The principle for maintaining health during the winter solstice is to keep storing yang qi while protecting yin qi in the body. The intake of sodium should be reduced and life and work should be taken at a slower pace. As the coldest time of the year has arrived, your body will slow down too. Appropriate dietary intake can enhance your body’s mechanism to fight against colds and bacteria. Beef, mutton, and chicken are good choices because these are warm meats in nature that work to nourish the organs.
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- chicken meat, 400-600 g
- Chinese knotweed, 20-30 g
- Chinese angelica, 20-30 g
- goji berries
Slow cook to make into a soup.
Note that this soup is not suitable for people suffering from diarrhea.
- mutton, one kilo
- fresh bamboo shoots
Slow cook to stew for an hour.
Beef, mutton, and chicken
- beef, 50 g
- mutton, 50 g
- chicken, 50 g
- cistanche 5 g, cuscuta 5 g, goji berries 10 g, all in a soup bag
Slow cook to make soup. Note that this soup is not suitable for people who have strong yang qi.
Cabbage is a must for winter meals because of its nutritional value. It contains more than 90 percent fiber as well as vitamins C and E, which serve to moisturize the skin and face, especially during dry days.
Raw lotus root cools down blood and dissipates blood stasis. Cooked lotus root, on the other hand, nourishes the heart, stomach, and blood. When eaten together with jujube, its blood nourishing function is greatly enhanced. When stewed with meat, it works to recuperate the spleen and stomach.
The protein in sweet potatoes works to complement the protein in rice, which lacks calcium, and noodles, which are low in vitamin C.
Turnip can smoothen the airflow in the respiratory system and stop coughing. While all good for winter consumption, different types of turnips have different properties. Daikon replenishes and smoothens qi. Carrot nourishes the heart and blood, which makes it a good food choice for patients suffering from heart or blood problems. Green radishes clear heat and the liver. Summer radish is diuretic. Mutton and turnip together make a great choice for a winter dish.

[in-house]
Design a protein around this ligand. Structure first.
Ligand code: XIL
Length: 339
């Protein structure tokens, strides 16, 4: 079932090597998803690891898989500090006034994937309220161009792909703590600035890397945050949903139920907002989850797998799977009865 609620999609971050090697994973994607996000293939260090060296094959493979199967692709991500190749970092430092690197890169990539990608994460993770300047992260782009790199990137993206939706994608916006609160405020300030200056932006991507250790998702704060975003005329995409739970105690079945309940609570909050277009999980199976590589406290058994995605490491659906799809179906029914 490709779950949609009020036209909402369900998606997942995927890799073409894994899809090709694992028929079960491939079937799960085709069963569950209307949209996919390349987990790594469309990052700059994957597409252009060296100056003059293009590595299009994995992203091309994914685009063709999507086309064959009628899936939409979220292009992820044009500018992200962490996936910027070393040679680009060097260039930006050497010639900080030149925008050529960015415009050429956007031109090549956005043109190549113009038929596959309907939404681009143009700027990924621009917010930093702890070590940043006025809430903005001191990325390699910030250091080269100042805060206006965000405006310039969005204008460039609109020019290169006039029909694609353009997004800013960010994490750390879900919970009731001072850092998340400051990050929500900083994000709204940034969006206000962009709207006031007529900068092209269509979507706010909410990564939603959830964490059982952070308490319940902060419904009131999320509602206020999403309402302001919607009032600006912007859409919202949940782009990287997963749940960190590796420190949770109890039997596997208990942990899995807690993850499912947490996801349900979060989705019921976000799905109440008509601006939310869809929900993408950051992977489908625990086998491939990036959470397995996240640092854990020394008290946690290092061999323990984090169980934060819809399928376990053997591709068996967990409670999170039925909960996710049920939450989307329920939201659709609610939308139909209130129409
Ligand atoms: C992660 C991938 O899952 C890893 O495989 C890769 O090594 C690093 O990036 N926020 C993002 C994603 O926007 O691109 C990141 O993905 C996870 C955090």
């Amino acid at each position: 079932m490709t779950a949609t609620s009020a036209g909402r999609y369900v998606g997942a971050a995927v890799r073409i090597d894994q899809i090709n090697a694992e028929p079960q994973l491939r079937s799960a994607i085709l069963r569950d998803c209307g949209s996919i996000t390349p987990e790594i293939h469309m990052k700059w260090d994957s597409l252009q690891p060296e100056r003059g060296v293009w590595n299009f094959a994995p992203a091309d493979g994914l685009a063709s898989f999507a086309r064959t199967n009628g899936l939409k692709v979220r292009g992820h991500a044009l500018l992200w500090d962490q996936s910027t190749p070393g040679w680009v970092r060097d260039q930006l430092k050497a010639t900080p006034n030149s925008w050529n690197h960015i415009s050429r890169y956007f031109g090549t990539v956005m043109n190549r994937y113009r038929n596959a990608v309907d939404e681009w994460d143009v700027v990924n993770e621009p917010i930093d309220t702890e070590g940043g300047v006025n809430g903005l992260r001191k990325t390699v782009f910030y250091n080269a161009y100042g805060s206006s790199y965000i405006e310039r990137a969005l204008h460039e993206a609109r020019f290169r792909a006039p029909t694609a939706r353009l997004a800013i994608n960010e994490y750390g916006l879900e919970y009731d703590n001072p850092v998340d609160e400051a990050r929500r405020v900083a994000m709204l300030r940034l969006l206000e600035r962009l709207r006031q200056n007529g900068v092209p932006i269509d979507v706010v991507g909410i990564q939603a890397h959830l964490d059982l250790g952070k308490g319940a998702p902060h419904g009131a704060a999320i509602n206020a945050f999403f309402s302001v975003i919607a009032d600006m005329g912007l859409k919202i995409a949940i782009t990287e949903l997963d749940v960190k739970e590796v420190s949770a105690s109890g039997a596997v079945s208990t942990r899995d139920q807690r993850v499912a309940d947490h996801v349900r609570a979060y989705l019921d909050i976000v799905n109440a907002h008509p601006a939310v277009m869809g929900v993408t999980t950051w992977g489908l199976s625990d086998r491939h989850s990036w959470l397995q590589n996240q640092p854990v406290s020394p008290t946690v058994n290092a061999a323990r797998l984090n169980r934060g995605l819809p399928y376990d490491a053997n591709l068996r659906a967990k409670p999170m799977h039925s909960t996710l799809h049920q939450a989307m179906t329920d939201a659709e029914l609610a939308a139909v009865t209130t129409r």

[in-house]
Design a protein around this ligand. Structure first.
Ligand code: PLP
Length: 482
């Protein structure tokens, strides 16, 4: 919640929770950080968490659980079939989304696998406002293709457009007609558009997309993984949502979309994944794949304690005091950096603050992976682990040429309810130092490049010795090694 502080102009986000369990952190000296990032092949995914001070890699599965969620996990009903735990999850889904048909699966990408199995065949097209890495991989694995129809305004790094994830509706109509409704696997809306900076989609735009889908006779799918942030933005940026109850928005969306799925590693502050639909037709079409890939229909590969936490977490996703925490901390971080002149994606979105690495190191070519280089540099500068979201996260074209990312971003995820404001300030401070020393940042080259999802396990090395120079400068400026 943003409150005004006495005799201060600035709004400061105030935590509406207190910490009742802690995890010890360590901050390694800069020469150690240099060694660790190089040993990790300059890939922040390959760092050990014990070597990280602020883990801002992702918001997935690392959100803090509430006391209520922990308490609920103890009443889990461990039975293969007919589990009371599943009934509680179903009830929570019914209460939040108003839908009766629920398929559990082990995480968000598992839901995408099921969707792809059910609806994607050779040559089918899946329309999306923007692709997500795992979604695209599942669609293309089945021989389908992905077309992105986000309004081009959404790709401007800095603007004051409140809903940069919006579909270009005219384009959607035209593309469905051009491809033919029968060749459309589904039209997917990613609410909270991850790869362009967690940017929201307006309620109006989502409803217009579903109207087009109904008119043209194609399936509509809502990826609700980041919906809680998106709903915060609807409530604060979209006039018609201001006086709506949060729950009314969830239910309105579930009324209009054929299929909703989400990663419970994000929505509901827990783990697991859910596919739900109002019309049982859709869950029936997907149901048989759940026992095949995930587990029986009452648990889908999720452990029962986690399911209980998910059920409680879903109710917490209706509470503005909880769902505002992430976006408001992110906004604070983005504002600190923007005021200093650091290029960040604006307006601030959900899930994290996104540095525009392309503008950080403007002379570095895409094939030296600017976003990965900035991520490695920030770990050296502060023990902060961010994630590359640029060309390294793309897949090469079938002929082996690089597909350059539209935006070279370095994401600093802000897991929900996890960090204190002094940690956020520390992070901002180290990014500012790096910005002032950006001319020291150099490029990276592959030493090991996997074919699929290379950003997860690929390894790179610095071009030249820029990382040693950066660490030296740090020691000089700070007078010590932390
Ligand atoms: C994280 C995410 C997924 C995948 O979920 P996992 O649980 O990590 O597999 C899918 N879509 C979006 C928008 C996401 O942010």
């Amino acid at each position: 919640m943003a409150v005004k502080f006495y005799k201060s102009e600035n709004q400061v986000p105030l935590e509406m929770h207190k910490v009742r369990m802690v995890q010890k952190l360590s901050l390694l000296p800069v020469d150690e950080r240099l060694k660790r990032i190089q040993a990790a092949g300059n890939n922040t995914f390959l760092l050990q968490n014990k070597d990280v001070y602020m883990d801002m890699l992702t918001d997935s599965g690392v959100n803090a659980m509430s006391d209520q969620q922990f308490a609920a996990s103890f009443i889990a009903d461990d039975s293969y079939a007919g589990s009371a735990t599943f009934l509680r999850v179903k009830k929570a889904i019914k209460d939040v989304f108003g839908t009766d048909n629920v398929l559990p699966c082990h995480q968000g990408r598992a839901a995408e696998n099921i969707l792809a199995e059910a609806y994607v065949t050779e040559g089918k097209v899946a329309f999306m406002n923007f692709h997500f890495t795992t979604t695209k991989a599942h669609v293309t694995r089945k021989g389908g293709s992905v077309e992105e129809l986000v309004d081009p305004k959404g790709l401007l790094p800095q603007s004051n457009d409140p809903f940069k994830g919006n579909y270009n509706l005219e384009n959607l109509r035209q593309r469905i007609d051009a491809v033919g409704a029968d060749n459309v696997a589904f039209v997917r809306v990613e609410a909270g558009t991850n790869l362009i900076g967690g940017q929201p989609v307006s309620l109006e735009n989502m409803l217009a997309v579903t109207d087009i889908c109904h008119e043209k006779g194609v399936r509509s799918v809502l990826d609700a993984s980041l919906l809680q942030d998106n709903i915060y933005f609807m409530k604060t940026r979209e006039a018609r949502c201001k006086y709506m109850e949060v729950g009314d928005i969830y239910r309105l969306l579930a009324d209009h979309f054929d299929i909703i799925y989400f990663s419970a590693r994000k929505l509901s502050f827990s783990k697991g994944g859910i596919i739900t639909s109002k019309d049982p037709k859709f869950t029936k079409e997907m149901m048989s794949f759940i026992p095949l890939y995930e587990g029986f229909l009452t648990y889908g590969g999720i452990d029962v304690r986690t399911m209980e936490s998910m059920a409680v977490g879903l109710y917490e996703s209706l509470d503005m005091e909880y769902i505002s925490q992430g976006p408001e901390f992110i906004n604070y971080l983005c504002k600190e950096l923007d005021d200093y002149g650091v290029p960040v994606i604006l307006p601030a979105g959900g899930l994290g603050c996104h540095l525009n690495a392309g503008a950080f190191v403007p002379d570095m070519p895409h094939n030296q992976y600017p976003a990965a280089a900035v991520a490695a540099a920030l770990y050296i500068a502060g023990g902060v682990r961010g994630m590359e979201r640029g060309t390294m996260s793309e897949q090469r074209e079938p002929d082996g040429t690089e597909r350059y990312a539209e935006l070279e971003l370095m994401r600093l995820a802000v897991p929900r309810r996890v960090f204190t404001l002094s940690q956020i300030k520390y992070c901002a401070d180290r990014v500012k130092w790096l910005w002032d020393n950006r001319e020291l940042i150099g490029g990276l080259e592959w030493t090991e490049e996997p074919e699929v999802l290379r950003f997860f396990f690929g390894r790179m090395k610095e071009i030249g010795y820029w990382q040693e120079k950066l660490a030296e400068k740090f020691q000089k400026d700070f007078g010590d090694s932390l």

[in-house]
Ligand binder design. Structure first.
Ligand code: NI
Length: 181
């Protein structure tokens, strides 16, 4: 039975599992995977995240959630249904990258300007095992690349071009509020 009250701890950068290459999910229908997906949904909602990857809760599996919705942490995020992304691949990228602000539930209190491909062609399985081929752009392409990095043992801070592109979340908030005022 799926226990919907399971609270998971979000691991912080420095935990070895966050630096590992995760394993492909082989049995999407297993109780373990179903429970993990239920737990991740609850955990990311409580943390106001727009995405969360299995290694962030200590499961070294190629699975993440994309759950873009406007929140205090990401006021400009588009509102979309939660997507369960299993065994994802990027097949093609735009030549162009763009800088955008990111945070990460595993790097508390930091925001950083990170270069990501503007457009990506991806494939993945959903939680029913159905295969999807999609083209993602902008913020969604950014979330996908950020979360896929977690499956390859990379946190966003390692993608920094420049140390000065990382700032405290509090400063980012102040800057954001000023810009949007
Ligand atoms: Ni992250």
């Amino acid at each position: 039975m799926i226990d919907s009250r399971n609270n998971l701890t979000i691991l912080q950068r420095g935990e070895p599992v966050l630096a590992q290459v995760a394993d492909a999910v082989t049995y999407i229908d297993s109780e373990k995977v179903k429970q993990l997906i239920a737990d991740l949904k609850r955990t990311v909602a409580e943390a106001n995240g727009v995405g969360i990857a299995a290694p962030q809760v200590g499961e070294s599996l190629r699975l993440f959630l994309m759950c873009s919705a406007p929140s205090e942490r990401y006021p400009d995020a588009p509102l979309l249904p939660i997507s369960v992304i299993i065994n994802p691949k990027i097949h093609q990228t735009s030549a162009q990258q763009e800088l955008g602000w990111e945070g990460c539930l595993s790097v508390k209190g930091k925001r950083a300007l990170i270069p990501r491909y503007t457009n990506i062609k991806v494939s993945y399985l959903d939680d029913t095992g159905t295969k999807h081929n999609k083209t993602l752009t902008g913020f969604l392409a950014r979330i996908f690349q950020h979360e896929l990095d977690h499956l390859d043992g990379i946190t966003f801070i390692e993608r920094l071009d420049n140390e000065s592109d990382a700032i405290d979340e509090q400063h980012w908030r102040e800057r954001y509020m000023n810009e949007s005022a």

The choice of condiments is important. Spicy condiments are more suitable for cold months. Pepper, Chinese red pepper, chili, ginger, turmeric, and garlic serve to warm up the body.
Turmeric looks like ginger but does not have the hot and pungent spice that ginger has. It is used as a herb and medicine for its warming effect. Adding turmeric to dishes can promote appetite, stop menstrual pain, help blood circulation, and warm up the body.
Nicknamed the “medicine of herb,” cinnamon is hot in nature. It warms up the stomach, gets rid of chills, stops pain, enables sweating, gently smooths meridian flow, and promotes blood circulation. The essential oil of cinnamon can stimulate gastric mucosal secretion and peristalsis. It improves metabolism and constipation for weak body-type women. Cinnamyl alcohol content can calm down the central nervous system and improve sleep quality.
Chinese red pepper
The main use of Chinese red peppers is to warm the stomach, improve appetite, and get rid of chills. That is why Northern Chinese enjoy spicy hot pot in winter. Chinese red peppers also work to strengthen teeth, blacken hair, and clear eyes. Hot in nature, it serves to stop pain and itch, detoxify, and improve immunity.
Translated by Cecilia and edited by Helen
Source: Secret China